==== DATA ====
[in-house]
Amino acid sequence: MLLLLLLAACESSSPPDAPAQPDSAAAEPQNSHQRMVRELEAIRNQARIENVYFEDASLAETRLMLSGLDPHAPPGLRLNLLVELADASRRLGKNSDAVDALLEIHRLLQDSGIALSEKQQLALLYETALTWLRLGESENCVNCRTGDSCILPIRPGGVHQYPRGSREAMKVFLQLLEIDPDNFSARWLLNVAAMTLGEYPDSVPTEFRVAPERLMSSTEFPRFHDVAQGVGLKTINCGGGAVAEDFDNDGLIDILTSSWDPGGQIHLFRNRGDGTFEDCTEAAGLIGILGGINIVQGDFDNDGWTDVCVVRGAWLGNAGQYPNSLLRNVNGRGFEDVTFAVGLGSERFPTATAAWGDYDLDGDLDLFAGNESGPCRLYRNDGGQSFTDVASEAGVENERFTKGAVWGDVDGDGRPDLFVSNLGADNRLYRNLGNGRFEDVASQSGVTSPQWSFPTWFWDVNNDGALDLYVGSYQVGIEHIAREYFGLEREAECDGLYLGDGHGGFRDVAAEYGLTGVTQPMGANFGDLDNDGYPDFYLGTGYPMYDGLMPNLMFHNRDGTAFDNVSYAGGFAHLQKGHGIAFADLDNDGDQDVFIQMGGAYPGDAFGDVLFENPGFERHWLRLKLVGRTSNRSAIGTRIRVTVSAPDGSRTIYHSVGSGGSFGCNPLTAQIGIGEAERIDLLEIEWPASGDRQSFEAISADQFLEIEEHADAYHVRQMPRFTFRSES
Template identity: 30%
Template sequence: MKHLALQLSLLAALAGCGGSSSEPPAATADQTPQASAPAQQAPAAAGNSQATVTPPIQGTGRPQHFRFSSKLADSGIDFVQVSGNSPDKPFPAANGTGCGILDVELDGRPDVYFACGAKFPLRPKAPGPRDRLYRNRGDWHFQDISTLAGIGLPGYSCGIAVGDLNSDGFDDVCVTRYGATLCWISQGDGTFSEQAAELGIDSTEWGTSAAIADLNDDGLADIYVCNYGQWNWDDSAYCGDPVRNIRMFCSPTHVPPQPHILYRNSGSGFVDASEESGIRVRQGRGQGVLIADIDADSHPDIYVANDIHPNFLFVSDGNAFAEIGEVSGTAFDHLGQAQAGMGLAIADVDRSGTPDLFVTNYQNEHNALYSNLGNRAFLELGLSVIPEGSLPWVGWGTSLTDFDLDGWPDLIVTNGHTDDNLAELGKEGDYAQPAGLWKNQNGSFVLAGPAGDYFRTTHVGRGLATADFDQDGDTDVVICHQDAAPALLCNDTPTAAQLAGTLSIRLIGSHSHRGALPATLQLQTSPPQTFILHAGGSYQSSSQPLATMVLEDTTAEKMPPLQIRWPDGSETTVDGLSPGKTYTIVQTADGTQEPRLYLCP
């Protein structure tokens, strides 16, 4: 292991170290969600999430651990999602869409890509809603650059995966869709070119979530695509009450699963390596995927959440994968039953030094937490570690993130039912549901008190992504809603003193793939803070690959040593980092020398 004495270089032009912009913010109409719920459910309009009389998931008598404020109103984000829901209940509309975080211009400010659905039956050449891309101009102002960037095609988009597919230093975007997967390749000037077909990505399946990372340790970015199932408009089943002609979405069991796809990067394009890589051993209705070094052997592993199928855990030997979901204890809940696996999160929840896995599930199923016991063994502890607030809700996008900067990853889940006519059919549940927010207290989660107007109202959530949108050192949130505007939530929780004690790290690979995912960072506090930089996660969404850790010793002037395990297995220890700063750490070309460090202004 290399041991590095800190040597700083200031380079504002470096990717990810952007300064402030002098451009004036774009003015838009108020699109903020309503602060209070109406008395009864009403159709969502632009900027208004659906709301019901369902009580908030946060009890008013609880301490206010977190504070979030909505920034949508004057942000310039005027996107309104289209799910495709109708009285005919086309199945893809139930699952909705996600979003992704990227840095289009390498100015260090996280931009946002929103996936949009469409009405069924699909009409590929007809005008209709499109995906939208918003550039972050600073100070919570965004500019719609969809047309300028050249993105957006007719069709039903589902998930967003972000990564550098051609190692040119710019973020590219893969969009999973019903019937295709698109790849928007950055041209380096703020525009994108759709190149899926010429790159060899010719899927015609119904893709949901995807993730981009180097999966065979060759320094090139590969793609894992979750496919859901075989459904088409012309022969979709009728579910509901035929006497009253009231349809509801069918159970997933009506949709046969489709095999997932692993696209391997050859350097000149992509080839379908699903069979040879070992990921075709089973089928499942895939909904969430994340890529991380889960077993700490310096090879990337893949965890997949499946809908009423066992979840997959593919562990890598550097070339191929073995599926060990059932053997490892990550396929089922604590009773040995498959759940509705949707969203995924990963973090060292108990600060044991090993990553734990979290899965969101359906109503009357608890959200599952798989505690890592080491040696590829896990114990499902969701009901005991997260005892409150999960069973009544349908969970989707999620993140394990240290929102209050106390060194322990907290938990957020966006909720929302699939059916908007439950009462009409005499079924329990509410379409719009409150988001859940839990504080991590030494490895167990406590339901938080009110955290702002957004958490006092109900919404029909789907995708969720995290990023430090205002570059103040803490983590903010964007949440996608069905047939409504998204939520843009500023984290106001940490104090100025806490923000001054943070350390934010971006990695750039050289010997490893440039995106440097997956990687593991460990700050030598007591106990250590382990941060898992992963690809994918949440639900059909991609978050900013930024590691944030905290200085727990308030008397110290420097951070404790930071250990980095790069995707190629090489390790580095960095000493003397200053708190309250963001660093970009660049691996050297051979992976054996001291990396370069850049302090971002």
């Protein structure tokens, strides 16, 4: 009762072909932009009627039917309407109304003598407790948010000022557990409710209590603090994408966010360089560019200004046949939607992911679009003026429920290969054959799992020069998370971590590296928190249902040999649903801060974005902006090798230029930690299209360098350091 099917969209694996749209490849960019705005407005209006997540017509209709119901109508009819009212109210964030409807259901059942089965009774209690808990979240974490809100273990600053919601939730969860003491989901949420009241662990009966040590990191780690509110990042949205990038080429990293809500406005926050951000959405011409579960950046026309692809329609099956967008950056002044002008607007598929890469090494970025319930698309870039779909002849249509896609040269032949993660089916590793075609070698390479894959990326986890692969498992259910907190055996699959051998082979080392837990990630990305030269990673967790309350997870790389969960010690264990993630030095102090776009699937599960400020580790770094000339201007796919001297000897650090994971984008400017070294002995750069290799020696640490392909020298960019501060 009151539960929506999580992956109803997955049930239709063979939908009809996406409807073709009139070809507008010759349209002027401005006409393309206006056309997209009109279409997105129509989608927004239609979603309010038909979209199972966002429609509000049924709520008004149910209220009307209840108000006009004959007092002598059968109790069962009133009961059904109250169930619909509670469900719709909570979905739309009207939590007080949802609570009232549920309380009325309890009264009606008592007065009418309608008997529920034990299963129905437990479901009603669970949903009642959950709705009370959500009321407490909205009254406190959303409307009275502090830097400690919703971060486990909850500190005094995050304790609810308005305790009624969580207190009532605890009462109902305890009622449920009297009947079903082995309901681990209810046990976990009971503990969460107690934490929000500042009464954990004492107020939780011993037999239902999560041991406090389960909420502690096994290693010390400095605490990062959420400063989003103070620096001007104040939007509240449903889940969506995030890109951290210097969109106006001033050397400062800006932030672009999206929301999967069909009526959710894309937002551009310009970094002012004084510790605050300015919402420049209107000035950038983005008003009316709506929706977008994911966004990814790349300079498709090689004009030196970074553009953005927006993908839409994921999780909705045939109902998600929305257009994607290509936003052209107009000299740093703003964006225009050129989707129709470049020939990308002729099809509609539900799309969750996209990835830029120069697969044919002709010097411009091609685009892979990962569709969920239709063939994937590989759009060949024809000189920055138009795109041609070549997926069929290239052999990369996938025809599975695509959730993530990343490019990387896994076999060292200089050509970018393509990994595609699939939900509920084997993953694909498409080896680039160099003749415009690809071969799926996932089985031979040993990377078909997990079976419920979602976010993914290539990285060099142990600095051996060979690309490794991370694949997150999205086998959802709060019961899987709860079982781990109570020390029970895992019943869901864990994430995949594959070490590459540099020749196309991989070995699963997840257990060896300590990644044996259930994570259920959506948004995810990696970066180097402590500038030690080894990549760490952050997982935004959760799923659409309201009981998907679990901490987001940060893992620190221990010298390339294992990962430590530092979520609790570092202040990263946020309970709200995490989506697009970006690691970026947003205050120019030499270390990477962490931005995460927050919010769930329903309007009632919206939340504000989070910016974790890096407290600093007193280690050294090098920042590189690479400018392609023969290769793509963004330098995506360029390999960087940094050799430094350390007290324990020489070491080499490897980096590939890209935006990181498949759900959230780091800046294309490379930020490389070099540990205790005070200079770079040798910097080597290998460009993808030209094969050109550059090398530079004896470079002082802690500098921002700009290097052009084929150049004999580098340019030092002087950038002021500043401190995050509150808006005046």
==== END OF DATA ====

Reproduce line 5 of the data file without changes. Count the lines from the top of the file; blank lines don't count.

């Protein structure tokens, strides 16, 4: 292991170290969600999430651990999602869409890509809603650059995966869709070119979530695509009450699963390596995927959440994968039953030094937490570690993130039912549901008190992504809603003193793939803070690959040593980092020398 004495270089032009912009913010109409719920459910309009009389998931008598404020109103984000829901209940509309975080211009400010659905039956050449891309101009102002960037095609988009597919230093975007997967390749000037077909990505399946990372340790970015199932408009089943002609979405069991796809990067394009890589051993209705070094052997592993199928855990030997979901204890809940696996999160929840896995599930199923016991063994502890607030809700996008900067990853889940006519059919549940927010207290989660107007109202959530949108050192949130505007939530929780004690790290690979995912960072506090930089996660969404850790010793002037395990297995220890700063750490070309460090202004 290399041991590095800190040597700083200031380079504002470096990717990810952007300064402030002098451009004036774009003015838009108020699109903020309503602060209070109406008395009864009403159709969502632009900027208004659906709301019901369902009580908030946060009890008013609880301490206010977190504070979030909505920034949508004057942000310039005027996107309104289209799910495709109708009285005919086309199945893809139930699952909705996600979003992704990227840095289009390498100015260090996280931009946002929103996936949009469409009405069924699909009409590929007809005008209709499109995906939208918003550039972050600073100070919570965004500019719609969809047309300028050249993105957006007719069709039903589902998930967003972000990564550098051609190692040119710019973020590219893969969009999973019903019937295709698109790849928007950055041209380096703020525009994108759709190149899926010429790159060899010719899927015609119904893709949901995807993730981009180097999966065979060759320094090139590969793609894992979750496919859901075989459904088409012309022969979709009728579910509901035929006497009253009231349809509801069918159970997933009506949709046969489709095999997932692993696209391997050859350097000149992509080839379908699903069979040879070992990921075709089973089928499942895939909904969430994340890529991380889960077993700490310096090879990337893949965890997949499946809908009423066992979840997959593919562990890598550097070339191929073995599926060990059932053997490892990550396929089922604590009773040995498959759940509705949707969203995924990963973090060292108990600060044991090993990553734990979290899965969101359906109503009357608890959200599952798989505690890592080491040696590829896990114990499902969701009901005991997260005892409150999960069973009544349908969970989707999620993140394990240290929102209050106390060194322990907290938990957020966006909720929302699939059916908007439950009462009409005499079924329990509410379409719009409150988001859940839990504080991590030494490895167990406590339901938080009110955290702002957004958490006092109900919404029909789907995708969720995290990023430090205002570059103040803490983590903010964007949440996608069905047939409504998204939520843009500023984290106001940490104090100025806490923000001054943070350390934010971006990695750039050289010997490893440039995106440097997956990687593991460990700050030598007591106990250590382990941060898992992963690809994918949440639900059909991609978050900013930024590691944030905290200085727990308030008397110290420097951070404790930071250990980095790069995707190629090489390790580095960095000493003397200053708190309250963001660093970009660049691996050297051979992976054996001291990396370069850049302090971002």